The Cult of Busy

As I mentioned I started a new full time job a little over a month ago, and as you may have noticed, my blog posts have become much less frequent.

Of course, commuting for around 45 minutes each way and working for 8-9 hours Monday-Friday leaves me with much less blogging time than when I was freelancing. And the end of summer brings a lot of events, and I was teaching a yoga class in the park on Sundays, and I have various projects that I’ve been working on…

In a word I guess you could say I’ve been busy.

But then, isn’t everyone? And isn’t it just an excuse? I could work on my still nowhere near finished novel, or write a blog post everyday, or do an hour of yoga everyday if I really wanted to write. After all, I know all about productivity and the magic of mornings.

The fact that I feel like there’s such little time for these things, the fact that I feel  simultaneously like I’m doing so much and but also have so much to do is what Tim Kreider talked about in his much shared New York Times article “The Busy Trap.” It was published in June, but I was too busy to read it until July and too busy to post about it until now….

The basis of the article is that:
1) people like to complain about how busy they are to make themselves seem or feel important/give their lives meaning.

2) The people who complain about being  busy have pretty much done it to themselves–their busyness is “self-imposed: work and obligations they’ve taken on voluntarily, classes and activities they’ve “encouraged” their kids to participate in.”

3) Tim Kreider lives some sort of Utopian life that cubical dwellers everywhere only dream of: he works for 4-5 hours a day, rides his bike and doesn’t have a T.V.

Admittedly  that last point grated on me, sure working for 4 hours a day and having tons of leisure time while still somehow making a living sounds great but very few of us have that option available to us. At least he admits this somewhat:  “Perhaps the world would soon slide to ruin if everyone behaved as I do. But I would suggest that an ideal human life lies somewhere between my own defiant indolence and the rest of the world’s endless frenetic hustle… My own resolute idleness has mostly been a luxury rather than a virtue.”

But the overarching point of the article, that our middle/upper middle class desire to stuff our days full of tasks and then lament that we can’t complete them all  is part of a deep desire to give meaning to our silly little lives.

“Busyness serves as a kind of existential reassurance, a hedge against emptiness; obviously your life cannot possibly be silly or trivial or meaningless if you are so busy, completely booked, in demand every hour of the day…It’s hard to see this pretense of indispensability as anything other than a form of institutional self-delusion. More and more people in this country no longer make or do anything tangible. I can’t help but wonder whether all this histrionic exhaustion isn’t a way of covering up the fact that most of what we do doesn’t matter.” Kreider points out. Well, sure, OK, when you put it like that.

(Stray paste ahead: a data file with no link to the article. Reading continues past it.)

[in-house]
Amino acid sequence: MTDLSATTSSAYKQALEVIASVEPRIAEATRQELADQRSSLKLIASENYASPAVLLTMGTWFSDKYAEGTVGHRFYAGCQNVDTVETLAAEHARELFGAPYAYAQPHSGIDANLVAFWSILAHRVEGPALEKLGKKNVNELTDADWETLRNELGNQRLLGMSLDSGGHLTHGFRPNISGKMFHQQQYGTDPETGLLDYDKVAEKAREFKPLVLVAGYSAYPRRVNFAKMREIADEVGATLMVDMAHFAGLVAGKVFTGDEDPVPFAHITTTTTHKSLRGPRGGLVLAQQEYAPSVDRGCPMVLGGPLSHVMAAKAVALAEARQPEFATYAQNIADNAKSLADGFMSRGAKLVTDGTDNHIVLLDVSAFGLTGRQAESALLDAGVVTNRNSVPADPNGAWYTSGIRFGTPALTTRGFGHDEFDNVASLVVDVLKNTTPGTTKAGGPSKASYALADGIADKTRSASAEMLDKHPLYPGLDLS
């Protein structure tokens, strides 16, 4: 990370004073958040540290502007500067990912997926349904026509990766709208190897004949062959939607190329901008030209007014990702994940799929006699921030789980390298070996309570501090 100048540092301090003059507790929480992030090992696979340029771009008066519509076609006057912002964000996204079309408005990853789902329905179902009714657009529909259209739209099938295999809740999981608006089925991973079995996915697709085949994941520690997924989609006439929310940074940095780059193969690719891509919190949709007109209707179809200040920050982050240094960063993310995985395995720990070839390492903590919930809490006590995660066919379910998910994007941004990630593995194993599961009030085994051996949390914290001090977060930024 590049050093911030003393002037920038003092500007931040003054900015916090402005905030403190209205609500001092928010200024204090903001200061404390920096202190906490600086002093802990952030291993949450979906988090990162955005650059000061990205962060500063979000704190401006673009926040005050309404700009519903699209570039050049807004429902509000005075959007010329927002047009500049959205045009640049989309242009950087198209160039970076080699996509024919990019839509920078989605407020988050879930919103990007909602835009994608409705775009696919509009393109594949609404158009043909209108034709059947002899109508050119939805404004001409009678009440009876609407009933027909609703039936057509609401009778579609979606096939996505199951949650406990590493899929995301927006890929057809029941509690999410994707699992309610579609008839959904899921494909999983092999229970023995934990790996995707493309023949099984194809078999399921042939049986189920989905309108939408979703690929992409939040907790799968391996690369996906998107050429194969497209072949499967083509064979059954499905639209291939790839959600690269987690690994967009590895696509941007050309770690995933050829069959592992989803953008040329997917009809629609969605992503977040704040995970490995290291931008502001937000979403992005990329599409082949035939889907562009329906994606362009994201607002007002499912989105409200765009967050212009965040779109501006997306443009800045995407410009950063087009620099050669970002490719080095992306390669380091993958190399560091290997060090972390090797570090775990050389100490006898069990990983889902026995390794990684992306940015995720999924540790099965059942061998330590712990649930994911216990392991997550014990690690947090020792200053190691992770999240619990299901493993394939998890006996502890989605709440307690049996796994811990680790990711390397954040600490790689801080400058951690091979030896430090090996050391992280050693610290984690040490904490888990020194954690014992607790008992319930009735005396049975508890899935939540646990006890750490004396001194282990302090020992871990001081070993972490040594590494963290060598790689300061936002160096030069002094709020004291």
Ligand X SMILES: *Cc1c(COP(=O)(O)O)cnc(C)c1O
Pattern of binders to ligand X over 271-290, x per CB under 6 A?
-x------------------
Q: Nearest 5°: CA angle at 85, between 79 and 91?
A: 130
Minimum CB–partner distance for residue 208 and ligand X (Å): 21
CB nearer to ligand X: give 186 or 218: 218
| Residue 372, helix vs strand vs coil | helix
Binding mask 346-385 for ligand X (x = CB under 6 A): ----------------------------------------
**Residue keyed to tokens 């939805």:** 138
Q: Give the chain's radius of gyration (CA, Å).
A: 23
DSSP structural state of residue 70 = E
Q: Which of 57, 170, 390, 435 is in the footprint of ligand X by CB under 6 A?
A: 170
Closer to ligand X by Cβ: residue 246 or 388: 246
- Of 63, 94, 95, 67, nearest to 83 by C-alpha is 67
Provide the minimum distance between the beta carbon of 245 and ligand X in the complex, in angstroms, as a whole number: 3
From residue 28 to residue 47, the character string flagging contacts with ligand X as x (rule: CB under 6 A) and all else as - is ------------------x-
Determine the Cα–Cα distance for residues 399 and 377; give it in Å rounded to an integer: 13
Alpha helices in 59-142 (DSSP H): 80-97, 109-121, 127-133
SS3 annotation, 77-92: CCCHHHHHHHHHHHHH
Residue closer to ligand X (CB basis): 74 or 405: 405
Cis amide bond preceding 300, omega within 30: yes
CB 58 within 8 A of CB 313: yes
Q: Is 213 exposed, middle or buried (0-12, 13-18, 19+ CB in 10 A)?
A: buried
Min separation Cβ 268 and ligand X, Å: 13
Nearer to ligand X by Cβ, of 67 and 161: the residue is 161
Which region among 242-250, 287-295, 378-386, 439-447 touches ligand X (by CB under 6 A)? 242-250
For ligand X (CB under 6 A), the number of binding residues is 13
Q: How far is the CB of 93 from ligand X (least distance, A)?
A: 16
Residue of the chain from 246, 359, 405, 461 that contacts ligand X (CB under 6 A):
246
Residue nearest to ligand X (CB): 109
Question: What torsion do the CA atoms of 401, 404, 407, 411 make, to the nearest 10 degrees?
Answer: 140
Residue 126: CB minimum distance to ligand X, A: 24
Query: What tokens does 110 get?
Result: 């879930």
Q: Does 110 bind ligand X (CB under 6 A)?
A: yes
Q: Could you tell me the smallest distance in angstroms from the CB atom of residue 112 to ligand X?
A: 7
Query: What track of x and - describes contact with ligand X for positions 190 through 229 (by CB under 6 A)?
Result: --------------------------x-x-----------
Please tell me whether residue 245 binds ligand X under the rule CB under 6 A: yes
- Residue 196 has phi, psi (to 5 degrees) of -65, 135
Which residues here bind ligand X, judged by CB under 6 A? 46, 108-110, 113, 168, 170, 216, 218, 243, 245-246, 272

I agree with his notion that when you give your brain space it can do amazing things:

“Idleness is not just a vacation, an indulgence or a vice; it is as indispensable to the brain as vitamin D is to the body, and deprived of it we suffer a mental affliction as disfiguring as rickets. The space and quiet that idleness provides is a necessary condition for standing back from life and seeing it whole, for making unexpected connections and waiting for the wild summer lightning strikes of inspiration — it is, paradoxically, necessary to getting any work done. history is full of stories of inspirations that come in idle moments and dreams. It almost makes you wonder whether loafers, goldbricks and no-accounts aren’t responsible for more of the world’s great ideas, inventions and masterpieces than the hardworking.”

Yes, but, left idle most of the world’s population would not create artistic or literary  masterpieces or make useful inventions or remarkable discoveries. Most of us would just sleep in and watch T.V.

So the truth, as it usually does, lies somewhere in between.  I think  both sides of the argument can best be summed up by the late, great Kurt Vonnegut:

 

 

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3 responses

  1. This is a great post! I can personally relate to the self imposed busyness and have a few contacts that I think fall into the same category. On the other hand I also know people who are extremely busy, but still appear so calm and collected. I guess busyness is all relative from person to person.

  2. Interesting post. I agree that Western society is very much obsessed with ‘busy’, but I don’t agree that, given more free time, most of us would “sleep in and watch TV”. I know many people who are lucky to have free time and who paint, spend a lot of time in nature, do their favourite sport, socialise etc. Having free time PLUS not having the worry (or guilt) of having to make money during this time gives us more freedom and peace. But all depends on the society in which we live, of course.

  3. […] like its due to lack of time–life has been a bit hectic these last couple of months–that’s really a lame excuse at the heart of it. When it comes down, there is no reason to not do […]

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